Acosta et al v. Tyson Foods

Filing 168

ORDER denying 132 Motion to Preserve Right to a Jury Trial. Trial remains set to commence, at the court's call, during the week of January 14, 2013, in Omaha, Nebraska, before the Honorable Joseph F. Bataillon. Ordered by Magistrate Judge Thomas D. Thalken. (TRL)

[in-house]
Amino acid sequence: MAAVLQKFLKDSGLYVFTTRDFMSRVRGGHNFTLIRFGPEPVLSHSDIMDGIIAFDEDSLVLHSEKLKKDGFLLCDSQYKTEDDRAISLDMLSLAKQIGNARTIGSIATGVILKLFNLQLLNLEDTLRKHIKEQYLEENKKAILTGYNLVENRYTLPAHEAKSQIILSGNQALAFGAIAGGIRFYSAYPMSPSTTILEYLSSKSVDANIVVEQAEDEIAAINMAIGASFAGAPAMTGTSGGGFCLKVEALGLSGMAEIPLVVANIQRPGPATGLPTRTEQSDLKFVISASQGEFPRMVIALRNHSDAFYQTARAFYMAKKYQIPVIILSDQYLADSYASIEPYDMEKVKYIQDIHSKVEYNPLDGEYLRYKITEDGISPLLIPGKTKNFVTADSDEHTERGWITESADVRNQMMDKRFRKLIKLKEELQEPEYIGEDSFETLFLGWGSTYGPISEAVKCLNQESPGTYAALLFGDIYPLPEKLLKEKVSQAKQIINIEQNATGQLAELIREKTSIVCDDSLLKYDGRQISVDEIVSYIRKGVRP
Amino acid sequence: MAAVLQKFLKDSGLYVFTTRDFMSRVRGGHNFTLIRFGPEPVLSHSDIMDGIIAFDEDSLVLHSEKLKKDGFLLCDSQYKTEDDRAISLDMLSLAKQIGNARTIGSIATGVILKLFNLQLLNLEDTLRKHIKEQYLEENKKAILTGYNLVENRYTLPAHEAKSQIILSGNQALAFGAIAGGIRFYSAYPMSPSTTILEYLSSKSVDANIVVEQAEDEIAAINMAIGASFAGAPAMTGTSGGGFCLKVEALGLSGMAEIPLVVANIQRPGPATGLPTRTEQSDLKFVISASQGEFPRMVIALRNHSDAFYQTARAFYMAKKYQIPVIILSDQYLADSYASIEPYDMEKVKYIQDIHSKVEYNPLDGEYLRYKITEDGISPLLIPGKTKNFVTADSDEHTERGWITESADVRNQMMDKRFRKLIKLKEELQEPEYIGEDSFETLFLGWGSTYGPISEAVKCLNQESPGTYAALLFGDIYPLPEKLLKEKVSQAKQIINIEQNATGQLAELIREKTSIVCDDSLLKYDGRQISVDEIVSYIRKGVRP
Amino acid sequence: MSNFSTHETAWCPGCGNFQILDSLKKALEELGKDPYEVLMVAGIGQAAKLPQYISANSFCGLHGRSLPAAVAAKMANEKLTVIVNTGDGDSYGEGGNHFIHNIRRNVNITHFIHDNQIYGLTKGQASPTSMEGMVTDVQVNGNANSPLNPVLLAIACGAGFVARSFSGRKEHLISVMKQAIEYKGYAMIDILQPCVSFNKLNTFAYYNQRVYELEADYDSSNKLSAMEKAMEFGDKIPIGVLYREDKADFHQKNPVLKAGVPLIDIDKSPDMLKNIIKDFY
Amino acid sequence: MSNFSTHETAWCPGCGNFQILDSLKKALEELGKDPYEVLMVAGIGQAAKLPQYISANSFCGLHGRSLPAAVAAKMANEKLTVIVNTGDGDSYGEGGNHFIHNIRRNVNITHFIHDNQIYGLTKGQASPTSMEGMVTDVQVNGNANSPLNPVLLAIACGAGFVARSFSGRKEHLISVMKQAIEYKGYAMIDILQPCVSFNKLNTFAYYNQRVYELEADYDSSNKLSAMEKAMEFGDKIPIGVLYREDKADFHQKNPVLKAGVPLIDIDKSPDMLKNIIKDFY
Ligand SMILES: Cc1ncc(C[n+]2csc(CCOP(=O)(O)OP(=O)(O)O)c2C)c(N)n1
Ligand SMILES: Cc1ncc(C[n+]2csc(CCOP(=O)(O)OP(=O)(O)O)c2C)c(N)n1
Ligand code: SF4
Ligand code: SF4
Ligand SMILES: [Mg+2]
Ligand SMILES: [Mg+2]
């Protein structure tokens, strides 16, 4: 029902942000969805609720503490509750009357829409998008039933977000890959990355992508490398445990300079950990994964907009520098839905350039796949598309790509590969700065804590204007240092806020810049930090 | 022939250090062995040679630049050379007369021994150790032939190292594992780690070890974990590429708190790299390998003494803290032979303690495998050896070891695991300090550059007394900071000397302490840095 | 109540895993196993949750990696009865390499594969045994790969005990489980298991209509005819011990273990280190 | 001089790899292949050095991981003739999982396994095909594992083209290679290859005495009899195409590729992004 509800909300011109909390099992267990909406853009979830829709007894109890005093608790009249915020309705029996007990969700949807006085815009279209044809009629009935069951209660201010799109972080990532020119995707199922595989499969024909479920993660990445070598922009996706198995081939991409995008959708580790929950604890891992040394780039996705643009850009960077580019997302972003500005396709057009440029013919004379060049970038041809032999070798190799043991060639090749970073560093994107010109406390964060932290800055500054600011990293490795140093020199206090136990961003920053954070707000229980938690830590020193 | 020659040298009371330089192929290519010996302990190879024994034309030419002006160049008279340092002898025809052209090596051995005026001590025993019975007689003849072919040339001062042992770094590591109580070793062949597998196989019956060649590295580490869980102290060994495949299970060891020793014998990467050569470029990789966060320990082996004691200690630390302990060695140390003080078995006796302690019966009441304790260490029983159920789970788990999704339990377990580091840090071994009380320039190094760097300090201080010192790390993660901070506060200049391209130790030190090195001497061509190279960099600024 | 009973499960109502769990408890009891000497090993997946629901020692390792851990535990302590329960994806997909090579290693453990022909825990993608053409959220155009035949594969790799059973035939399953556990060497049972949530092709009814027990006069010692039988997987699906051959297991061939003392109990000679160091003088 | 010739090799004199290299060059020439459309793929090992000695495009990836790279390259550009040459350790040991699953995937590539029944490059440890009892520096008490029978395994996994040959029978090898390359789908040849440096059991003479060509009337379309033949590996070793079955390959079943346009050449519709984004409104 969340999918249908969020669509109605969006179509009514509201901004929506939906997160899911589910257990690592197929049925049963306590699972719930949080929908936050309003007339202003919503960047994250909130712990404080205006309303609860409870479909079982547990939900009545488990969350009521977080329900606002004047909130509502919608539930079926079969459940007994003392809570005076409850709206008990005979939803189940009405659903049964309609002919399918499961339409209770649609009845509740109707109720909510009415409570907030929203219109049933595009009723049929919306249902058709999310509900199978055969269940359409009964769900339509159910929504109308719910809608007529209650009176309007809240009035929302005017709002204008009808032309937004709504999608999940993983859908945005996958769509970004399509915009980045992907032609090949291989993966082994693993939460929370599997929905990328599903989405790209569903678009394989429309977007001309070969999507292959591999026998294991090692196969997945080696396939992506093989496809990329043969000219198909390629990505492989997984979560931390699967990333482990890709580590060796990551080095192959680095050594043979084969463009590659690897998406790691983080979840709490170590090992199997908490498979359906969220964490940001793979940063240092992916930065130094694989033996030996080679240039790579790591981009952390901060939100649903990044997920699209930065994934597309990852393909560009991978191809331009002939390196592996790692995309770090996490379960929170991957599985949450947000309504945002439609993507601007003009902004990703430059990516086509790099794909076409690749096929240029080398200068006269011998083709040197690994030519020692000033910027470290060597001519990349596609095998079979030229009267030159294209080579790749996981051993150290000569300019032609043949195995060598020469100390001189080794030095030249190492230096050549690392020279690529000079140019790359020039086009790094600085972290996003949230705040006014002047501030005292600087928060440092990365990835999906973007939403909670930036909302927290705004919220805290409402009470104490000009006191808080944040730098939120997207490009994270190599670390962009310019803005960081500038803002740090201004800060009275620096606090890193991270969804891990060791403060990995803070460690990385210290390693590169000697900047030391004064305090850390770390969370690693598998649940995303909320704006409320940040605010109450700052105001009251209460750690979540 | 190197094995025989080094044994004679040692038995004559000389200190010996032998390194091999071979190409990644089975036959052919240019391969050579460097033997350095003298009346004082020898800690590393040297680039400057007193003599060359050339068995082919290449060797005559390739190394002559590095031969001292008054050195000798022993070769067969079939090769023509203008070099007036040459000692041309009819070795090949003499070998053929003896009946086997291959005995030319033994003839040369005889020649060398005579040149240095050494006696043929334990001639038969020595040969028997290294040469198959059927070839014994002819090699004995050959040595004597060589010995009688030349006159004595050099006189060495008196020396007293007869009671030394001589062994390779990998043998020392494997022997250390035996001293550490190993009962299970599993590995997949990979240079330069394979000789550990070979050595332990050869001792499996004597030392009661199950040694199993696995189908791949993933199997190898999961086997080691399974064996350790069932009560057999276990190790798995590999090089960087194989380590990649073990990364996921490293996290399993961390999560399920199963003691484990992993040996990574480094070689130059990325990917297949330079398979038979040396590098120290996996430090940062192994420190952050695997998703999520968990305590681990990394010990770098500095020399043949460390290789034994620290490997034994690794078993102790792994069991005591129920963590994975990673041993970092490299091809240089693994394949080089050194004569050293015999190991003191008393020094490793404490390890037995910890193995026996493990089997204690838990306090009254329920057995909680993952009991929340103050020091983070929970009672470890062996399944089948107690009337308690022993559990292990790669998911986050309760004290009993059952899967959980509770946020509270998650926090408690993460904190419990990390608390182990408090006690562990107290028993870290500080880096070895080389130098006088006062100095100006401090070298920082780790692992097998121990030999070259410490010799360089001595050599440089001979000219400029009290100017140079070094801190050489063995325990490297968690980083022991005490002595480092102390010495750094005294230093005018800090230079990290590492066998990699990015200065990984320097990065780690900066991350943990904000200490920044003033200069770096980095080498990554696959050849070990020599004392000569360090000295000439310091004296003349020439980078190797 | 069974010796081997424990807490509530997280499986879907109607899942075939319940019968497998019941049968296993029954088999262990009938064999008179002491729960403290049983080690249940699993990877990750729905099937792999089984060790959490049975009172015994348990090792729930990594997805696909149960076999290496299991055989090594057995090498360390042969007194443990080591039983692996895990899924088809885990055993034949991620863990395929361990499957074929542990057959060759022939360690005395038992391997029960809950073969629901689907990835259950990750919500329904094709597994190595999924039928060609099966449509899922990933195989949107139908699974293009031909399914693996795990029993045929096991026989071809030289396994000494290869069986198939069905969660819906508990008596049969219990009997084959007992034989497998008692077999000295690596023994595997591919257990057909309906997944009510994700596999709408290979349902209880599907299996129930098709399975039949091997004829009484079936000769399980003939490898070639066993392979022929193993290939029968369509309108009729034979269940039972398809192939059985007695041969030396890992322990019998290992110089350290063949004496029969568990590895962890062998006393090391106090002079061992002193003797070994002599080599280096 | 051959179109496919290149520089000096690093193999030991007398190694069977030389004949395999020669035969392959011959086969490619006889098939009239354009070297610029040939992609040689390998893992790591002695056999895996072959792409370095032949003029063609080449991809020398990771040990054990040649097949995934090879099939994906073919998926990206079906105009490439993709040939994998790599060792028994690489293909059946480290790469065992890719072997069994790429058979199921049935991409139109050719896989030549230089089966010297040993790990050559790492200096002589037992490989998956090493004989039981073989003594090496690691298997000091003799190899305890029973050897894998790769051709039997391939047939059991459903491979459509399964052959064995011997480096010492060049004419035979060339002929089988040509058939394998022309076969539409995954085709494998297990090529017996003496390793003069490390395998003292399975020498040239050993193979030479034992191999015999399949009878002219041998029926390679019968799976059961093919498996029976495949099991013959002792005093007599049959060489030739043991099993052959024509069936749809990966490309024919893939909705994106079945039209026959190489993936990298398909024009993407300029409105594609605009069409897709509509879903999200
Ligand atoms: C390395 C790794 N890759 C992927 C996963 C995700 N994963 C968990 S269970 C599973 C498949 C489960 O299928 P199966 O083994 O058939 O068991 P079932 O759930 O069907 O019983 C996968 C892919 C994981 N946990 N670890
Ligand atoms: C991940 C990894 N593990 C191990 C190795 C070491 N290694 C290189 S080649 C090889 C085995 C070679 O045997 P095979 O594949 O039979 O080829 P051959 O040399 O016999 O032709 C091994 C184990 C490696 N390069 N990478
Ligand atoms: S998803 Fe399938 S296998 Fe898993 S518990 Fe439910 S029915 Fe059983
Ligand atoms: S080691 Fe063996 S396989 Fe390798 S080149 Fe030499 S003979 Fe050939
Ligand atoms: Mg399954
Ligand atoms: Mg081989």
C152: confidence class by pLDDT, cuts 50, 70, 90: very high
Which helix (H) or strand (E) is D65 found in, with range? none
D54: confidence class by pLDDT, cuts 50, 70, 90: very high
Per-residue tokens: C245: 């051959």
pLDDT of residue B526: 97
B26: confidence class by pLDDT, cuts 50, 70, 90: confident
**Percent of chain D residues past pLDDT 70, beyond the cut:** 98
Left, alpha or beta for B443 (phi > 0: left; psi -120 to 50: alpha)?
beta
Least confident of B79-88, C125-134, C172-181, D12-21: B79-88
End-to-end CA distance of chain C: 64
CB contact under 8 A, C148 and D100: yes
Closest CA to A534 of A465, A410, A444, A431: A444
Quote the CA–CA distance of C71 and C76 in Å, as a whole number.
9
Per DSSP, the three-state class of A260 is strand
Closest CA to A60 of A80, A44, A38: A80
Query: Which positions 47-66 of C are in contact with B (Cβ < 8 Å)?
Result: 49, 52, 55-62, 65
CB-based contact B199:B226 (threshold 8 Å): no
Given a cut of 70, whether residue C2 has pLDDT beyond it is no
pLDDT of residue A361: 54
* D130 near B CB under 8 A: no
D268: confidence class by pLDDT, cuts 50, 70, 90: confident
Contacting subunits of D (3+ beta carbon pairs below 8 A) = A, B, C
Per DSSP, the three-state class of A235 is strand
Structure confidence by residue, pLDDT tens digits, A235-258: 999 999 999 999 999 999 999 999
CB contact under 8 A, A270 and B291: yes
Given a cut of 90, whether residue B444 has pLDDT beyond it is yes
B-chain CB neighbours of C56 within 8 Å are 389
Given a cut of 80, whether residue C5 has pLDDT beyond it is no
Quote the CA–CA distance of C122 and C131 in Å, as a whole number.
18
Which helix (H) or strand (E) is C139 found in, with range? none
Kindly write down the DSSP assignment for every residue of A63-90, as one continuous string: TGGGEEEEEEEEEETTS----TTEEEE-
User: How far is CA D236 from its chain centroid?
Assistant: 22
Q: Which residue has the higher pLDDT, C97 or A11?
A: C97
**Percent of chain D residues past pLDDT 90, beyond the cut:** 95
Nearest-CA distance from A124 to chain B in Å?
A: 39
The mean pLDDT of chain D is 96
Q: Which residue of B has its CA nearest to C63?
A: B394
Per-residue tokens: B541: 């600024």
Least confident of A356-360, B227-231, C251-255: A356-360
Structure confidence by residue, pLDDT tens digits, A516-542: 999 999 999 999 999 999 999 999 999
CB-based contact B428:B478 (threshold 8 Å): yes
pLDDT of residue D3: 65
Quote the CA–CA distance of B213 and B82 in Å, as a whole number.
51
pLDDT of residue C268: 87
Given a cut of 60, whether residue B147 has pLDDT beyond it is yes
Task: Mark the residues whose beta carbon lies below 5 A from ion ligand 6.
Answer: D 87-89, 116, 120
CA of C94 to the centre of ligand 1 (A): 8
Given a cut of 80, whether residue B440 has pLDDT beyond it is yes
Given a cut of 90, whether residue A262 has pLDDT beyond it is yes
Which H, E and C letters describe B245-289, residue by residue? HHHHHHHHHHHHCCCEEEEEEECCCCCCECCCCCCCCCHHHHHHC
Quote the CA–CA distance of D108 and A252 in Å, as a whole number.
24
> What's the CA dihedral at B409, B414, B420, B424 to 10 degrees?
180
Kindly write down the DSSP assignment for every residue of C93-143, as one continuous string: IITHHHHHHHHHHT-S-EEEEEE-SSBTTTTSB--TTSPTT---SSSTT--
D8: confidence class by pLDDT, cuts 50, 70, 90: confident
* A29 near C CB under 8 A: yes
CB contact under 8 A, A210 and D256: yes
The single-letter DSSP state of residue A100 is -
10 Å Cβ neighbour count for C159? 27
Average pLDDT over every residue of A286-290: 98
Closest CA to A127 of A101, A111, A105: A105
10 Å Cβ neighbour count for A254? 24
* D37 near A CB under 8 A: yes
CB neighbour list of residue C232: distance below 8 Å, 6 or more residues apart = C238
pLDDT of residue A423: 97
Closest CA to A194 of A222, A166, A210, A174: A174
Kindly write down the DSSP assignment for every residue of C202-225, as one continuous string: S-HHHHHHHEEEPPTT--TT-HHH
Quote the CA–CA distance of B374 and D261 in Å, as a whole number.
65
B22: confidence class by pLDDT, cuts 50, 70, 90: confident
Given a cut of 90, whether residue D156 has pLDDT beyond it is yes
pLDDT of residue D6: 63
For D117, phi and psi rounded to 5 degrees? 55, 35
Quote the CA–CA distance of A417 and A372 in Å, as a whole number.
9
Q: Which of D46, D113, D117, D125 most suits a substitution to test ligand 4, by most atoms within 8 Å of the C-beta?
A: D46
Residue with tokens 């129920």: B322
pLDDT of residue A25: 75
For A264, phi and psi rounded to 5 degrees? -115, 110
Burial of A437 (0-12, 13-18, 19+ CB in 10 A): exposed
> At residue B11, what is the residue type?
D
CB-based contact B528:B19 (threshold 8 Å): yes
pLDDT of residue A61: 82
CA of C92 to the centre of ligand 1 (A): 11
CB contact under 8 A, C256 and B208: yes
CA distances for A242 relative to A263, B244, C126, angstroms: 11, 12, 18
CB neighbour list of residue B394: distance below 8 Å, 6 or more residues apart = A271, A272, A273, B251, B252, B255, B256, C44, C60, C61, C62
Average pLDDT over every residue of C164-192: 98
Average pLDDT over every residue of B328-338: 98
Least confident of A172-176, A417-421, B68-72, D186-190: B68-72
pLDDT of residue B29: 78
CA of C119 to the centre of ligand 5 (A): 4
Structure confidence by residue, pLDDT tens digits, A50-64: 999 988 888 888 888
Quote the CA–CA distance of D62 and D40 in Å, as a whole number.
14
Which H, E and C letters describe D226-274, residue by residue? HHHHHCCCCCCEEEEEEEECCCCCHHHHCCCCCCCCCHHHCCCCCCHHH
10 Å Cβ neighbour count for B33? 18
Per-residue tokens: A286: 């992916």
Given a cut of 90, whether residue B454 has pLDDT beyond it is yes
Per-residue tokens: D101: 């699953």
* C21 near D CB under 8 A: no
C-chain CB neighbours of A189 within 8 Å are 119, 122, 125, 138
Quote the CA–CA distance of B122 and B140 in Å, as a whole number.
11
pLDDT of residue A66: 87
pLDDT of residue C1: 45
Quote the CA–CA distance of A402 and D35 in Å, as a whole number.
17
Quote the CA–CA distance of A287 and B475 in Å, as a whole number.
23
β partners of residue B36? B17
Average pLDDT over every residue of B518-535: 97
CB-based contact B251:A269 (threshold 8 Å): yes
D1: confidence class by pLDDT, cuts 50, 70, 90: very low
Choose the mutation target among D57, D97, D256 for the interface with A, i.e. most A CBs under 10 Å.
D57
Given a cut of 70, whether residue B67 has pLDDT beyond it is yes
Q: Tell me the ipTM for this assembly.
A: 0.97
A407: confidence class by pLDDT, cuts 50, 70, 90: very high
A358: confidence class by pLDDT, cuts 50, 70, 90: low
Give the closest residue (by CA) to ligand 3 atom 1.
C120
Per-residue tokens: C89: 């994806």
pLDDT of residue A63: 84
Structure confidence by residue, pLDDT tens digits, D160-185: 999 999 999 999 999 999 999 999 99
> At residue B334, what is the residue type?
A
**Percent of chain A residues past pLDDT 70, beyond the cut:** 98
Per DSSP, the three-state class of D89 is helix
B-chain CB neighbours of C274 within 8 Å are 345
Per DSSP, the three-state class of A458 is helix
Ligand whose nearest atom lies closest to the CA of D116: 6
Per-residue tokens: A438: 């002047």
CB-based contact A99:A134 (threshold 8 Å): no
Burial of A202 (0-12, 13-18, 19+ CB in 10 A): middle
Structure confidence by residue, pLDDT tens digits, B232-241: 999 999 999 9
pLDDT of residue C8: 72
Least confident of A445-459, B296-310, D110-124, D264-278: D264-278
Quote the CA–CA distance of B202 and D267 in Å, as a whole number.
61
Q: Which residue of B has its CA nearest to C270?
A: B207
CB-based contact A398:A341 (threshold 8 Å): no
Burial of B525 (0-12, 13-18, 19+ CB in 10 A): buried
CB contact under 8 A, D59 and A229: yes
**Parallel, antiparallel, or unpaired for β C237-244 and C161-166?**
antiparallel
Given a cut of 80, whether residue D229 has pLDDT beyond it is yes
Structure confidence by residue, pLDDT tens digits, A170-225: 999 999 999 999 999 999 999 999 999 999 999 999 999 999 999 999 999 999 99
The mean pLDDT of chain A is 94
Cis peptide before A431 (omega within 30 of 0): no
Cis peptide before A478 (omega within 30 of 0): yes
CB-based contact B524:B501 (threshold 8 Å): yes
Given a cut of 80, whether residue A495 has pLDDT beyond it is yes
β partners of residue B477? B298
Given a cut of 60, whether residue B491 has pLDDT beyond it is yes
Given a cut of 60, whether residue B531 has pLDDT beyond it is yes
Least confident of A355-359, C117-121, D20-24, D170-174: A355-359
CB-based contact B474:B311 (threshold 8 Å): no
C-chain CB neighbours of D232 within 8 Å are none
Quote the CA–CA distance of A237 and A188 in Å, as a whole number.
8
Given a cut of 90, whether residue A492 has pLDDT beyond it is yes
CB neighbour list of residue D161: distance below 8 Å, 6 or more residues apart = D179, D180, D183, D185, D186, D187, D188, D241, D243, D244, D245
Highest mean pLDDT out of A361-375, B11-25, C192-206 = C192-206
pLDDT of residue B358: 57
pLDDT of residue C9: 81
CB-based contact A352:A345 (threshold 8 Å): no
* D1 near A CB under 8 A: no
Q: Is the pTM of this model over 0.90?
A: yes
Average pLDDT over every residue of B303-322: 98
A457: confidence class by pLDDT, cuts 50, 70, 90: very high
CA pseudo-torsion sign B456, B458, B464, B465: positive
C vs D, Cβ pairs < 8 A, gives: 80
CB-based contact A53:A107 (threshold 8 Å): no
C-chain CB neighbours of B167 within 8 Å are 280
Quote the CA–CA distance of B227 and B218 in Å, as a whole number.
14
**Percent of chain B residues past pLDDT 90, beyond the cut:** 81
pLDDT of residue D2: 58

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IN THE UNITED STATES DISTRICT COURT FOR THE DISTRICT OF NEBRASKA MANUEL ACOSTA, et al., Plaintiffs, vs. TYSON FOODS, INC., Defendant. ) ) ) ) ) ) ) ) ) 8:08CV86 ORDER This matter is before the court on the defendant’s Motion to Preserve Right to a Jury Trial (Filing No. 132). The defendant filed a brief (Filing No. 133) and an index of evidence (Filing No. 134) in support of the motion. The plaintiffs filed a brief (Filing No. 138) and an index of evidence (Filing No. 139) in opposition to the motion. The defendant filed a brief (Filing No. 141) and an index of evidence (Filing No. 142) in reply. BACKGROUND The plaintiffs are current or former employees who worked some time during the period March 1, 2004, to the present, at the defendant’s Madison, Nebraska, meat processing facility. See Filing No. 1 - Complaint ¶¶ 3, 14. The case was filed as a class action alleging violations of the Fair Labor Standards Act of 1938 (FLSA), 29 U.S.C. § 201, et seq., and state law regarding pay for pre- and post-production line activities, including “donning and doffing,” and other activities in connection with job functions. The plaintiffs seek relief for alleged violations of state and federal wage-and-hour laws, including alleged failures to pay minimum wage and overtime compensation for uncompensated job-related activities. The plaintiffs filed the instant action on February 29, 2008. See Filing No. 1. The plaintiffs did not demand trial by jury in the Complaint. Id. The defendant filed an answer on June 4, 2008. See Filing No. 10. The defendant did not demand trial by jury in the Answer. Id. The matter was temporarily stayed while the Judicial Panel on Multidistrict Litigation reviewed, then denied, the defendant’s motion to transfer the case. See Filing Nos. 18 and 20. On November 6, 2008, the court dissolved the stay and the parties were free to begin discovery. See Filing No. 24. Due to the volume of class certification discovery materials, the parties were granted several extensions of time to complete such discovery. See, e.g., Filing No. 53. On March 30, 2011, the court certified the plaintiffs’ class, pursuant the Fed. R. Civ. P. 23, for those employees who were paid under a “gang time” compensation system in the Kill, Cut, or Conversion departments. See Filing No. 73 Order. The plaintiffs have not sought conditional certification of a class in relation to the FLSA collective action claims. On June 2, 2011, the court entered a progression order scheduling the matter to trial by stating, “Trial is set to commence, at the court’s call, during the week of July 16, 2012, in Omaha, Nebraska, before the Honorable Joseph F. Bataillon and a jury. Unless otherwise ordered, jury selection shall be at the commencement of trial.” See Filing No. 74 - Order p. 5. The court issued an amended progression order on October 27, 2011, moving the trial to November 13, 2012, but otherwise using identical language. See Filing No. 92 - Order p. 4. Again on November 23, 2011, the court continued trial to January 14, 2013, otherwise using identical language referencing a jury trial. See Filing No. 94. The deadline for completing discovery was June 22, 2012, and for filing motions for summary judgment was July 27, 2012. See Filing No. 160 - Text Order. After the discovery deadline, the plaintiffs continued to provide certain discovery. The defendant filed the instant motion seeking trial by jury on August 1, 2012. See Filing No. 132. The defendant argues that although neither of the parties formally requested trial by jury, the court and the parties nevertheless proceeded based on an understanding the case would be tried to a jury. Specifically, the defendant references the court’s progression orders and statements made by plaintiffs’ counsel in writing and during recent depositions. Based on this reliance, the defendant argues the plaintiff has the burden to show cause justifying setting aside the progression order scheduling the matter for a jury trial. See Filing No. 141 - Reply p. 1. Further, the defendant contends the plaintiffs made the “recent strategic” and “sudden assertion” that no party had requested trial by jury to support their position on summary judgment. See Filing No. 133 - Brief p. 3. Finally, the defendant contends the putative class members suffer prejudice if a nonjury trial is held. Id. at 5-6. The defendant argues holding a non-jury trial without prior express notice to putative class members prevents knowing and voluntary waiver of those 2 class members’ right to choose a jury trial and opt-in or out accordingly. Id.; see Filing No. 77-1 - Form Notice to Class. Ultimately, the defendant contends this case is fact-intensive and best suited for trial to a jury. See Filing No. 133 - Brief p. 4, 6-9. The plaintiffs argue that since no trial by jury was demanded by either party, the parties have waived such right. See Filing No. 138 - Response. The plaintiffs assert the defendant failed to sustain its burden to overcome waiver, even if waiver was inadvertent based on the defendant’s erroneous assumption the plaintiffs made a jury demand, such inadvertence is legally insufficient. Id. at 4-8. Additionally, the plaintiffs contend the nature of this case, as it involves questions of law or mixed questions of law and fact, further supports denial of the defendant’s motion. Id. at 11-19. The plaintiffs argue the defendant lacks standing to question the putative class members’ notice or waiver of the jury trial right. Id. at 21-22. Finally, the plaintiffs contend they would suffer undue prejudice if the case is tried to a jury due to their discovery development decisions based on the parties’ initial waiver. Id. at 22-24. By contrast, the defendant fails to identify any prejudice stemming from proceeding to a non-jury trial. Id. at 24. ANALYSIS Federal Rule of Civil Procedure 38(a) states the right of trial by jury as declared by the Seventh Amendment, or as given by federal statute, “is preserved to the parties inviolate.” Fed. R. Civ. P. 38(a). The procedure governing requests for a trial by jury in a civil matter is set forth in Rule 38(b), which provides: On any issue triable of right by a jury, a party may demand a jury trial by: (1) serving the other parties with a written demand–which may be included in a pleading–no later than 14 days after the service of the last pleading directed to the issue is served; and (2) filing the demand in accordance with Rule 5(d). Fed. R. Civ. P. 38(b) (changing the time period from ten to fourteen days with the 2009 amendment does not impact the court’s analysis). This court’s local rules also provide a procedure for demanding a jury by placing a notation on the pleading. See NECivR 38.1. “A party waives a jury trial unless its demand is properly served and filed.” Fed. R. Civ. P. 38(d). 3 Since no jury demand was made in this case, Rule 39 applies. Rule 39 states, “[i]ssues on which a jury trial is not properly demanded are to be tried by the court. But the court may, on motion, order a jury trial on any issue for which a jury might have been demanded.” Fed. R. Civ. P. 39(b). The Eighth Circuit notes courts “ought to approach each application under Rule 39(b) with an open mind and that jury trials ought to be liberally granted when no prejudice results . . . .” Littlefield v. Fort Dodge Messenger, 614 F.2d 581, 585 (8th Cir. 1980) (internal citation and quotation omitted). Even so, generally, “inadvertence in failing to make a timely jury demand does not warrant a favorable exercise of discretion under Rule 39(b).” Westchester Day School v. Village of Mamaroneck, 504 F.3d 338, 356 (2d Cir. 2007) (citing cases); Littlefield, 614 F.2d at 585 (finding failure to make jury demand based on inexperience insufficient to overcome delay caused by allowing trial to proceed before jury). Other than, “the reason for the movant’s tardiness in requesting a jury trial,” the court also considers: (1) (2) (3) (4) whether the case involves issues which are best tried to a jury; whether granting the motion would result in a disruption of the court’s schedule or that [of] an adverse party; the degree of prejudice to the adverse party; [and] the length of the delay in having requested a jury trial . . . . Credit Bureau of Council Bluffs, Inc. v. Credit Bureau Data Centers, Inc., 143 F.R.D. 206, 212 (S.D. Iowa 2001); see Harrington v. Wilber, 384 F. Supp. 2d 1321, 1324 (S.D. Iowa 2005). Despite the court’s progression orders referencing trial by jury, neither of the parties requested trial by jury until over four years after the plaintiffs filed their Complaint. Granting the defendant’s request would not likely result in disruption of the court’s schedule, however the plaintiffs may reasonably seek to expand discovery based on the change. The degree of prejudice to the plaintiffs is difficult to qualify assuming counsel made discovery decisions over time in reliance upon waiving the right to a jury trial. By contrast, the defendant fails to suggest any prejudice to it should the case be tried without a jury. Resolving the parties’ dispute will require the fact finder to determine mixed questions of law and fact suggesting trial by jury, although not inappropriate or overly burdensome, would create unnecessary challenges. On consideration of all relevant factors, the court 4 finds the parties waived their right to a jury trial, well before the defendant sought to preserve the right, the issues are not “best tried to a jury,” and the degree of prejudice to the plaintiffs at this stage of the case does not justify trial by jury. Upon consideration, IT IS ORDERED: 1. The defendant’s Motion to Preserve Right to a Jury Trial (Filing No. 132) is denied. 2. Trial remains set to commence, at the court’s call, during the week of January 14, 2013, in Omaha, Nebraska, before the Honorable Joseph F. Bataillon. ADMONITION Pursuant to NECivR 72.2 any objection to this Order shall be filed with the Clerk of the Court within fourteen (14) days after being served with a copy of this Order. Failure to timely object may constitute a waiver of any objection. The brief in support of any objection shall be filed at the time of filing such objection. Failure to file a brief in support of any objection may be deemed an abandonment of the objection. Dated this 18th day of September, 2012. BY THE COURT: s/ Thomas D. Thalken United States Magistrate Judge *This opinion m ay contain hyperlinks to other docum ents or W eb sites. The U.S. District Court for the District of Nebraska does not endorse, recom m end, approve, or guarantee any third parties or the services or products they provide on their W eb sites. Likewise, the court has no agreem ents with any of these third parties or their W eb sites. The court accepts no responsibility for the availability or functionality of any hyperlink. Thus, the fact that a hyperlink ceases to work or directs the user to som e other site does not affect the opinion of the court. 5